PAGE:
First of all, could you please tell me briefly about the creation of GENDER INTERNATIONAL? Why have you come with this idea? How many people are part of it? What are its main goals?
Many scholars who work within the diverse fields gender and sexuality studies decided to form an organization to counter the public misunderstandings of the field and the recent political attacks in this field of study. We are an international group, representing leading figures in the field from more than twenty countries. Our views are formed through a collaborative international discussion.
Talking about the manifesto devoted to the Brazilian issue: Why have you decided to write and sign it? How do you see this recent attack on humanities and social sciences in Brazil? In your opinion, what does it represent?
I see that there is a fear that these academic disciplines have become “ideological” in the sense that they represent distinct political agendas. But actually, there are important debates and conflicts within these fields and most scholarship is not oriented toward a political party or program. The interpretive social sciences and the humanities offer students necessary skills in reading, writing, and communication, and open debate on the values that guide society. If universities become dedicated to technical skills or to advancing market interests, they lose their distinctive mission to give students a broad sense of history, to debate the best values, and to present viewpoints backed by evidence. We cannot understand our world without stories and images, interpretation and argument. And if market values are not the only values to be affirmed, we need the humanities and social sciences to develop an informed understanding of history, society and the imagination. To deny these disciplines is to deny both memory and hope and leaves us adrift in a world driven by economic forces alone. How would we answer the question of what we live for and what kind of world we want to live in if we negate philosophy? How would we understand how the world is organized if we eradicate sociology? One can have any number is political positions and still value these fields. Some of the greatest conservative thinkers have emerged from both disciplines.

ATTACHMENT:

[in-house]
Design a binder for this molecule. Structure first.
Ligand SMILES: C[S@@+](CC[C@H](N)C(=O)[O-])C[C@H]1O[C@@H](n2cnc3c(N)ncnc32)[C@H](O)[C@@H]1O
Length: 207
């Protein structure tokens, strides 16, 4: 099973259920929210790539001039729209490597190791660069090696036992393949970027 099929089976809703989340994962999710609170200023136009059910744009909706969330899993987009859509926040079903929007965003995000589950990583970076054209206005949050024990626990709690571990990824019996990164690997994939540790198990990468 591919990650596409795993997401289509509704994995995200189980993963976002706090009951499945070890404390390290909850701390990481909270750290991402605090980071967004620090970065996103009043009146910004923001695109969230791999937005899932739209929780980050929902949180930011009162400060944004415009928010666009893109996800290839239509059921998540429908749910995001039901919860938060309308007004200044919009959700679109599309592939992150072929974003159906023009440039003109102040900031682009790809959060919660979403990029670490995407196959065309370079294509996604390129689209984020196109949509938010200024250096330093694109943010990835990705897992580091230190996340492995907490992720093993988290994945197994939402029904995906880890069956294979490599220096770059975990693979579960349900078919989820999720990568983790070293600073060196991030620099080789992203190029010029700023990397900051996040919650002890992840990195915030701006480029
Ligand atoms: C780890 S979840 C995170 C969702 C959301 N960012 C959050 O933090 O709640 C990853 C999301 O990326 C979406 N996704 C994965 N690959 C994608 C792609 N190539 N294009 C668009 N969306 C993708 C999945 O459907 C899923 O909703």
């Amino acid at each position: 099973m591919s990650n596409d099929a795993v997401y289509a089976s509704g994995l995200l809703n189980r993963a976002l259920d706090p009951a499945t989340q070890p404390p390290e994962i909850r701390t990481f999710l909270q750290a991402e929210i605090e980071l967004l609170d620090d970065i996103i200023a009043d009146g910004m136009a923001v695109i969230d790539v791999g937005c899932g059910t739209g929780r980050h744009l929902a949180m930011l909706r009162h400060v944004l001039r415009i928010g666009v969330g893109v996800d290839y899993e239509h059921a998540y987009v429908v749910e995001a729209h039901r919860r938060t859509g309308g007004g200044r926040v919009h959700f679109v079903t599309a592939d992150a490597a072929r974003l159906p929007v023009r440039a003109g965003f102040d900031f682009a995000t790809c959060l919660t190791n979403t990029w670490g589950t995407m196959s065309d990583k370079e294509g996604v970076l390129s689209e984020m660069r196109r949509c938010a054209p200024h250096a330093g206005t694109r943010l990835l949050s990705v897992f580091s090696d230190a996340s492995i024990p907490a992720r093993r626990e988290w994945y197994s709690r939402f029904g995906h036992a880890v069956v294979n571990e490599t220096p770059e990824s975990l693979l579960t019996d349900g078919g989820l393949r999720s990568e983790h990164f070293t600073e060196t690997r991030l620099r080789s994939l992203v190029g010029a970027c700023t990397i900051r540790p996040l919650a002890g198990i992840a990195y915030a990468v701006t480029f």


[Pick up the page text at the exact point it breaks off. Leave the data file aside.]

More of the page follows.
Gender studies is a field of study that crosses all the disciplines, including the history of science and medical ethics. the fear of gender is the fear of a phantasm. If those who oppose it were to know its complexity, they would be surprised. But they act from ignorance. So if we agree that it is better to act in the basis of knowledge rather than ignorance, then we would make room for such fields that help us to understand our place in the world, the meaning of equality, and the ideals of justice.
What are the consequences of suppressing funds to sociology and philosophy?
The world becomes poorer and we come to value ignorance for fear of gaining knowledge. For Brazil to deny funding for these fields is for Brazil to leave the international pursuit of scholarly knowledge and to privilege fear over informed knowledge.
Is it possible to understand why is it happening around the world? We have been watching some similar situations in the US, on Hungary and now in Brasil. Why is that? Is there something that connects all those measures against the universities?
There is a fear that critical and open inquiry leads to a conservation of some of the more established norms in society and the power of both the Church and the State. But gender is but one relatively small field within the humanities and social sciences and it is internally conflicted and diverse. Not everyone is gender studies has the same political position. And if gender studies were actually studied through social science methods, that actual complexity would take the place of the fearful phantasm.